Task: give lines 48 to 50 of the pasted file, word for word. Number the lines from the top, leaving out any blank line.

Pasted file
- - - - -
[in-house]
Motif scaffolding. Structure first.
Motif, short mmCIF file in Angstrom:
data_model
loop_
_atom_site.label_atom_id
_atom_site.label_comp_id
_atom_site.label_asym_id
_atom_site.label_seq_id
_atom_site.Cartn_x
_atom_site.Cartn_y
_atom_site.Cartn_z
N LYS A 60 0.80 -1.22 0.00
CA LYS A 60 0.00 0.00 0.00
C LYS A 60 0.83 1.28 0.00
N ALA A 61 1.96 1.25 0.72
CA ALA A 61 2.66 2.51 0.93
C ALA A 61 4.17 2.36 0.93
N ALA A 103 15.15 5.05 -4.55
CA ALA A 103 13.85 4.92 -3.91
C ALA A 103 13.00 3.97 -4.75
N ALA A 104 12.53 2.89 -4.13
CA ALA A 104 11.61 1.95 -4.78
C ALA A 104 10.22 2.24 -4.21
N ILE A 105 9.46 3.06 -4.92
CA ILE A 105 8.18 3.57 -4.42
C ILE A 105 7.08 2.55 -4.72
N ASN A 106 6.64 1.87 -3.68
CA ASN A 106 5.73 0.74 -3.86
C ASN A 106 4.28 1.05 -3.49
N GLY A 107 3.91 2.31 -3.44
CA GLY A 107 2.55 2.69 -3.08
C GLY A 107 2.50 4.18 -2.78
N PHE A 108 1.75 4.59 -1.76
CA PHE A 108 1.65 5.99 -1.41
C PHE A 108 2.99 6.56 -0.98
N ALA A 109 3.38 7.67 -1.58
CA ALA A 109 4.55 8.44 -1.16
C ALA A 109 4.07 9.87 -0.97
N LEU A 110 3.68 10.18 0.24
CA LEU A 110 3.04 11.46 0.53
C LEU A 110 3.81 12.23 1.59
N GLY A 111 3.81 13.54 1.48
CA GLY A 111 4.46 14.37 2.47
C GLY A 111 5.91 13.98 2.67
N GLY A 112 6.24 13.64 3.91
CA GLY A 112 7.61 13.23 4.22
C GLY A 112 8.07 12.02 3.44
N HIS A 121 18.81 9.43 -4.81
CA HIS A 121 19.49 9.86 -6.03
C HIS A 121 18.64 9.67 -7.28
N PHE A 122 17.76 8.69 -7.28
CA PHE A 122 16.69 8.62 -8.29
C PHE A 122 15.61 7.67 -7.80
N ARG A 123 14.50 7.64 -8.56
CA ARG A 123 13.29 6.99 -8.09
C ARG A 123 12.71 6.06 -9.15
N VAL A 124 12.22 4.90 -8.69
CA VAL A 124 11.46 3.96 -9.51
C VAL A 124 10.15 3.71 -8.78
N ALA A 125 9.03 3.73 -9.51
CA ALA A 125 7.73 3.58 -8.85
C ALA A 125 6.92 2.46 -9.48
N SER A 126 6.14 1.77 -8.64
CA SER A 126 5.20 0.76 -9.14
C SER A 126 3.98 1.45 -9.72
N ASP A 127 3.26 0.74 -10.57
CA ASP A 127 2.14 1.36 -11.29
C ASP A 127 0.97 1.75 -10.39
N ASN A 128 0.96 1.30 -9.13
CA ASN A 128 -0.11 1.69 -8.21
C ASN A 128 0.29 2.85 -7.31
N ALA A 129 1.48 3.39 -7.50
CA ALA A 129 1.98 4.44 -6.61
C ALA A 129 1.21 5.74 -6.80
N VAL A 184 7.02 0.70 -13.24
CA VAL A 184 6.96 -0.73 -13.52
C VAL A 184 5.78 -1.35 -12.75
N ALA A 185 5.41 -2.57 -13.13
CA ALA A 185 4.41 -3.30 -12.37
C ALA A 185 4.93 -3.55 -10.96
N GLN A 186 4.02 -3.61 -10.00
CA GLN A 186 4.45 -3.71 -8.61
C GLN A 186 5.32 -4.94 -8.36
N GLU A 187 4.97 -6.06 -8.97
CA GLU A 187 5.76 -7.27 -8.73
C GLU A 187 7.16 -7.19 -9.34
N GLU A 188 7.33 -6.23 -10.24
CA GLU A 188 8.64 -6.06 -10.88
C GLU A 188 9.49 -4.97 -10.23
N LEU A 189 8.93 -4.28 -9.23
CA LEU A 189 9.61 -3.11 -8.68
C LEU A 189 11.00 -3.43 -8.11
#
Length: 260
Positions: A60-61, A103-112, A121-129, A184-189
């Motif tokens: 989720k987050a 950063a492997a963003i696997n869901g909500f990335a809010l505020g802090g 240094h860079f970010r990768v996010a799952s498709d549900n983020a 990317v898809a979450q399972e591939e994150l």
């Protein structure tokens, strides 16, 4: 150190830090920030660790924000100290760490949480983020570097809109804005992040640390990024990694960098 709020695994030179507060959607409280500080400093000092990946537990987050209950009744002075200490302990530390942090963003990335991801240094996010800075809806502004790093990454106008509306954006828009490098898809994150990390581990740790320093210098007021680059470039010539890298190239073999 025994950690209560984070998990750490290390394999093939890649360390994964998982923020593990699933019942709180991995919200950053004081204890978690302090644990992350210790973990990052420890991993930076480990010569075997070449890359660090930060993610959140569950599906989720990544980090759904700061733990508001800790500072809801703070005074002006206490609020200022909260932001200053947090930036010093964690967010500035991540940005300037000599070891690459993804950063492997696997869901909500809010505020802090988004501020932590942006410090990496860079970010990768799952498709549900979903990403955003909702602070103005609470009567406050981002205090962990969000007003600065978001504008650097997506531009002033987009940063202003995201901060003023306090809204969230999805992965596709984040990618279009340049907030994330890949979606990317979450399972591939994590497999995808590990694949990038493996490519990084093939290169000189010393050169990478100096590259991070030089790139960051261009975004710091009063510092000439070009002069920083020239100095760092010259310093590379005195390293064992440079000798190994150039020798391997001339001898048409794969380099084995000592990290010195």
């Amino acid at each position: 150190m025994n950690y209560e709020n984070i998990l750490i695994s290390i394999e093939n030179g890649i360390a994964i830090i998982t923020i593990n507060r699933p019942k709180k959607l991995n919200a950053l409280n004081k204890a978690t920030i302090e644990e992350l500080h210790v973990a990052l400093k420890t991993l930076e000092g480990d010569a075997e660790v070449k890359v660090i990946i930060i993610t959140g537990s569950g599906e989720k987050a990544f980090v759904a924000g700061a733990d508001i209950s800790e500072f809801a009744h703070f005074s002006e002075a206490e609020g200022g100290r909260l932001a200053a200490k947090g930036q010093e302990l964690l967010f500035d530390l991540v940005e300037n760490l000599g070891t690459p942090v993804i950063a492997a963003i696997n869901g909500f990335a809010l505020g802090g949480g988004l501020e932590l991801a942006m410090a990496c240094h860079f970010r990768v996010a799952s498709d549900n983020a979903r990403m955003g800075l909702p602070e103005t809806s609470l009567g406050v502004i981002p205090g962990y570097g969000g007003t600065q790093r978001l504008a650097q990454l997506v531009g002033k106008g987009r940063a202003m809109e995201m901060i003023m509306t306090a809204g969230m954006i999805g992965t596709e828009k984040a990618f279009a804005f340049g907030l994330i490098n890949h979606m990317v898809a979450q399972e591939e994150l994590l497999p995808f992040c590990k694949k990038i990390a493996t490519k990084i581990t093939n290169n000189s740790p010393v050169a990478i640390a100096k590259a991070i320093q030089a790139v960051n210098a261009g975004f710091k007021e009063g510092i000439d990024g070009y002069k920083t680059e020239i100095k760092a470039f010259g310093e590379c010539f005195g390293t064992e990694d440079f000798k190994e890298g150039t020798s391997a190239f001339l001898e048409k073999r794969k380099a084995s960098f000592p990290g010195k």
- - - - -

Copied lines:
C GLY A 112 8.07 12.02 3.44
N HIS A 121 18.81 9.43 -4.81
CA HIS A 121 19.49 9.86 -6.03